Why Didn't Wright State University Host The Debate? The Cost Was A Factor

DAYTON, OH - APRIL 19: In this handout photo provided by Will Jones/Wright State University, Tom Hanks , center, and Wright State Theatre, Dance, and Motion Pictures department chair and friend Stuart McDowell pose for a picture with Theatre, Dance, and Motion Pictures students after a 'Talk Back' event with Hanks in the university's Festival Playhouse April 19, 2016 in Dayton, Ohio. Hanks performed once on the same stage in 1978 with a touring Shakespeare troupe. (Photo by Will Jones/Wright State University via Getty Images)
Source: Handout/Getty Images Entertainment/Getty Images

Wright State University was set to host one of the biggest events of the election season: the first presidential debate of the election. But on July 19, two months before the Sept. 26 debate, the university in Fairborn, Ohio announced that it was pulling the plug on the whole thing, and the event ultimately went to Hofstra University in Hempstead, New York. So why didn't Wright State University host the debate? The price tag looked like it was going to outweigh the benefits for the public university. 

WSU President David Hopkins cited the growing costs of securing the open campus as the main reason that Wright State had to withdraw. Hopkins estimated that the cost of hosting the event, initially estimated at $3.5 million, was growing to an estimated $8 million. Hopkins cited heightened security concerns as a cause for the spike, specifically mentioning July's terrorist attack in Nice, France. “I can’t assure the safety of our students and the community,” Hopkins said in his July 19 announcement, according to The Dayton Daily News. He later expanded the comment: "We were fully aware of the challenges and were prepared to meet them when we decided to host the debate, but things have changed. The current national environment has made security even more critical."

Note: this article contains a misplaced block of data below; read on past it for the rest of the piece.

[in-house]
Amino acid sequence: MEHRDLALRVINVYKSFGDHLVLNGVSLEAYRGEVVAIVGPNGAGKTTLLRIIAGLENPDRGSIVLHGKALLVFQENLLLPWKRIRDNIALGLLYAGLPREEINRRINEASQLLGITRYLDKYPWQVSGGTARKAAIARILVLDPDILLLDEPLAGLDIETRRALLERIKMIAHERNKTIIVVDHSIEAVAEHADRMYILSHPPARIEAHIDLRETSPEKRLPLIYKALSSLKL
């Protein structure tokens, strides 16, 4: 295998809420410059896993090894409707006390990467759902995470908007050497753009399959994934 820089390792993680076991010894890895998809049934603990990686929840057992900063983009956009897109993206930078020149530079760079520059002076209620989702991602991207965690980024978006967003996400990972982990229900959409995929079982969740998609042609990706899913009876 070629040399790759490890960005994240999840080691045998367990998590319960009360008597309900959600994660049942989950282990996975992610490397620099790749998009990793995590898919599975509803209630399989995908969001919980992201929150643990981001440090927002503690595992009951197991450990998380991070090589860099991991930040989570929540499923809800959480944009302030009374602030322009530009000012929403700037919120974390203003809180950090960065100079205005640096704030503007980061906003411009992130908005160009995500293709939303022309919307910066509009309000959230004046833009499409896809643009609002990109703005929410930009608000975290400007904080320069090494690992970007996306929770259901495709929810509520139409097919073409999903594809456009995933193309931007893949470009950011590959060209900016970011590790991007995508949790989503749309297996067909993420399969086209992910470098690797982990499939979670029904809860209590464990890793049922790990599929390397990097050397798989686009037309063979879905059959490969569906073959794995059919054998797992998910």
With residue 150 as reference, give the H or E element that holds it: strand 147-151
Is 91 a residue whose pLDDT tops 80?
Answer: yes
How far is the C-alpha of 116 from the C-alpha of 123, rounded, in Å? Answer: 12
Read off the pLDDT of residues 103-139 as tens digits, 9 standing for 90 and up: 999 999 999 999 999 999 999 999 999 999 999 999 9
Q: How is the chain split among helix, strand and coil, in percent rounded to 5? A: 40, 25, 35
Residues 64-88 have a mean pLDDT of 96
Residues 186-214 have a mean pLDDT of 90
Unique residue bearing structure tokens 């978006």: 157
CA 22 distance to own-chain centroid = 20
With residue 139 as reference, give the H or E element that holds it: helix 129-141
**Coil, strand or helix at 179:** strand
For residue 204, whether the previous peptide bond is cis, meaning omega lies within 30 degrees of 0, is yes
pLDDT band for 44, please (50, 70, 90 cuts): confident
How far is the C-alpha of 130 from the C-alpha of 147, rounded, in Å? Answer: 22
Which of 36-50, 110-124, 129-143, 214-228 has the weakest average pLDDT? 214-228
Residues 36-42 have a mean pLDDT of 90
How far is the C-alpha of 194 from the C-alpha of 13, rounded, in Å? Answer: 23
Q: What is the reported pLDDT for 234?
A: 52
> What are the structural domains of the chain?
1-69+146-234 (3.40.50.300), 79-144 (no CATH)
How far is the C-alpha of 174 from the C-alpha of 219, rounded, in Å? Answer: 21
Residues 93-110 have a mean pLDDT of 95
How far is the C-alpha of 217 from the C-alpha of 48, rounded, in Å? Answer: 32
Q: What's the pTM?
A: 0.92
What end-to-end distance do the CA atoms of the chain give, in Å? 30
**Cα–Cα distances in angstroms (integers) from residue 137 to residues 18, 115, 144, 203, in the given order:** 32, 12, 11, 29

Earlier in July, university officials still seemed excited about the event, noting that, though it was expensive, it would bring recognition to the university and the surrounding area. Paul Newman Jr., the Fairborn Chamber of Commerce executive director, estimated that the event would've flooded the area with $25 million. But ultimately, Hopkins and university officials had to weigh the option of dipping into the schools reserves, which have dropped significantly as the school spends more than it takes in.

Private universities have an easier time securing campuses for debates. But because Wright State University is a private university, it can't restrict public access, which would've meant adding lots of security precautions. Hofstra University, which took over the debate, offered at least some sort of consolation to a handful of Wright State students. Hofstra offered the chance for 15 Wright State students to attend the debate a day after it was announced that they would take over. 

After the debate at Hofstra, there will be two more presidential debates during October. Washington University in St. Louis and the University of Nevada, Las Vegas will host the remaining events. 

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